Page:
Parenting is hard enough as it is. When you add distance to the usual problems of parenting, it’s easy for frustration to come into the mix, but don’t worry—you can still have a positive impact on your child’s life. With some planning and a little effort, you can maintain a parent-child relationship from afar, and we can help you learn how.
Depending on how things ended with your former partner, it may be difficult to keep lines of communication open with them. However, it’s one of the best ways to stay informed as to the events of your child’s life.
When you talk to your child, they might have more exciting things to tell you about than their recent trip to the doctor’s office. Let your kid tell you the fun stuff, but do what you can to stay updated on important happenings through your ex.
As far as the other parents are concerned, you’re shouldering far less responsibility and have less to deal with, so try and stay sympathetic to the situation they’re in. If they express that a certain day is better than another for calling your child, remember that they’re more informed of the situation than you and try to accommodate them.
Early in the long-distance experience, take some time to develop a parenting plan. When the kids are with the custodial parent, how will you schedule contact, and how often will it happen? How will your child get to the long-distance parent, and when will that happen? Who is responsible for the associated travel expenses?
There’s a lot to think about, but creating a structure helps both parents plan their lives around the child. School, friends, and extracurricular activities can change plans at the last minute, so make sure your schedule is adaptable and can handle a shake-up every now and then.
A few nice surprises go a long way, but never underestimate the importance of consistency. Long-distance parenting is a lot to adapt to for a child, so setting clear expectations and building a structure from the outset can help tremendously. While life can find a way to interrupt your regularly scheduled parenting plan, ensure there is a clear schedule.
Your child wants to know when they’ll be able to see you, so set aside an evening each week for a regular call—this will lessen the strain of being apart.
Luckily for long-distance parents, you can enjoy more communication with your child than merely through audio. Using Zoom, FaceTime, Skype, and any number of other video-calling applications, you can stay in contact with your kid visually as well as audibly.
This is a great way to see your children at various stages of their life— you don’t want to miss seeing what they look like when they lose a tooth for the first time! You can also use this technology as a vehicle for show-and-tell to stay updated on any art projects or their cool new toys.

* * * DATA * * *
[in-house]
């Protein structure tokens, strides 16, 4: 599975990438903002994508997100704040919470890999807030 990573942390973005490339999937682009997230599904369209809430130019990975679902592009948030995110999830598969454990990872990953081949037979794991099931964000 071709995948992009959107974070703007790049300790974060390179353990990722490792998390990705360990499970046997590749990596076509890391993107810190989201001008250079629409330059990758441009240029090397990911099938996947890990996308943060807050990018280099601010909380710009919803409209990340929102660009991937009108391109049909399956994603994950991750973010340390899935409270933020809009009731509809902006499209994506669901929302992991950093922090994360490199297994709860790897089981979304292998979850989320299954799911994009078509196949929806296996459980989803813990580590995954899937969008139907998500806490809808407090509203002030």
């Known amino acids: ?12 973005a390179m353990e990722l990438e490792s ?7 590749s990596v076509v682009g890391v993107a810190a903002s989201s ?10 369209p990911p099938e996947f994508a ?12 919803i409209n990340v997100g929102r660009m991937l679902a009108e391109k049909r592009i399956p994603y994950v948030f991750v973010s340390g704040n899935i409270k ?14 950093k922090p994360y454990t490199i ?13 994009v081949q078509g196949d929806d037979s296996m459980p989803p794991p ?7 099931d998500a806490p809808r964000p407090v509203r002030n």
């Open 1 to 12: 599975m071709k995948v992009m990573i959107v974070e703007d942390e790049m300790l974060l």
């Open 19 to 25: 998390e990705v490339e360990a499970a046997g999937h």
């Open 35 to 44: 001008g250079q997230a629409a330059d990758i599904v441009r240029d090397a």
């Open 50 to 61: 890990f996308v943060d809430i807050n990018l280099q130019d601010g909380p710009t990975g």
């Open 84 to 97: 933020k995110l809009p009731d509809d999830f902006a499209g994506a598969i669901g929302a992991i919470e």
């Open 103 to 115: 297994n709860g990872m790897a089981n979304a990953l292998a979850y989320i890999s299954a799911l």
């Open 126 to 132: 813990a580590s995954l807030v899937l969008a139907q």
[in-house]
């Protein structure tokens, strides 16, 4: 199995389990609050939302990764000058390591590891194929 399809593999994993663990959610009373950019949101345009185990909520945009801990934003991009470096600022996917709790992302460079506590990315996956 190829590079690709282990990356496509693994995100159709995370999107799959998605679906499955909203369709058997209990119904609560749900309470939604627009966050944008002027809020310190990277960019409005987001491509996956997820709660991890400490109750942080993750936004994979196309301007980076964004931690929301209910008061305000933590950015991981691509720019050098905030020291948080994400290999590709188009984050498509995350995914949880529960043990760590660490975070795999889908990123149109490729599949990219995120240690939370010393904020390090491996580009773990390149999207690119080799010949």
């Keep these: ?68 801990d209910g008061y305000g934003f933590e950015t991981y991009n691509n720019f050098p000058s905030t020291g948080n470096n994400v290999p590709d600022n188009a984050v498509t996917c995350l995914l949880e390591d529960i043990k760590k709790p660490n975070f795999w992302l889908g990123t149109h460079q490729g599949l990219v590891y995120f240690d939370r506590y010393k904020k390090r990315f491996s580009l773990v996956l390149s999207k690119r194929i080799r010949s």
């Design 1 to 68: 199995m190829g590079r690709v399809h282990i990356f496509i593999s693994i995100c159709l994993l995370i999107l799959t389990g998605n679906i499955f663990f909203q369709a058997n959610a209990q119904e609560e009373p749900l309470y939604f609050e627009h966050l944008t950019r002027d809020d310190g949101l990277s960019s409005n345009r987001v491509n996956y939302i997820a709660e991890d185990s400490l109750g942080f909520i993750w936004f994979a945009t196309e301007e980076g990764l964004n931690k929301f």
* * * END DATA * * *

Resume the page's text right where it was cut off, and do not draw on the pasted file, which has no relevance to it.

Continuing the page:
When your child is old enough for a cell phone, text messaging will be your best friend. While video calls are ideal, kids today are used to texting rather than calling. If you want to stay consistently updated on their life, you’ll hear a lot more over text than phone calls or emails.
Mail is very exciting for kids (they don’t have bills to dread yet), so send a care package, either for a special occasion or just because. A handwritten letter every now and again wouldn’t go amiss, but you can also send small toys or baked goods to let them know you’re thinking of them.
Sharing your favorite movies and shows with your kids is one of the best parts of parenting, and there’s no reason it has to be in person! Consider planning a movie night every once in a while. Hop on a video call with your kid, pick a movie, and give a countdown until you both press play simultaneously.
You’ll find yourselves laughing at the same moments, gasping at the same surprises, and tearing up during the same heartfelt scenes.
As much as you want to hear about your child’s days at school, they want to know about your life. Many parents don’t end up sharing much about their day-to-day, but kids want to understand what’s happening with you, too. Learning more about what you’re up to at work or a funny encounter at the bank helps them feel like they’re as much a part of your life as you are of theirs.
Not every call has to be a two-hour debrief on everything that happened during the week. Feel free to send a video message or leave a voicemail reminding your child that you love them. It’s a simple way to let your child know that you think of them outside of the designated contact times.
We can only give you so many ideas because we don’t know what your relationship with your child is like. You do, so branch out from these suggestions! Come up with new ways to show your care and surprise your kid—you can do it better than anyone.
When the time comes to see your child in person, make the most of it. Keep pressuring questions about the other parent to a minimum, and enjoy every second you have with your child. That said, ensure you maintain some structure—kids need it!
Keep a consistent bedtime schedule and let them help out with some of your chores. These “normal” activities will allow your child to feel like time with you is “family time” like it is with their other parent.
You don’t want your eyes constantly glued to a phone, but don’t let special moments go by without snapping a picture. You’ll want a record of important memories as the years go by. Stay in the moment, but make sure you keep a little something to look back on.
Now that you have a better idea of how to maintain a parent-child relationship from afar, just focus on enjoying everything you get to do with your kid. Whether it’s in-person or over the internet, there are precious moments made every day. You don’t have to navigate this on your own, either—we’re here to help with professional child custody attorneys in Illinois. Reach out if you need us.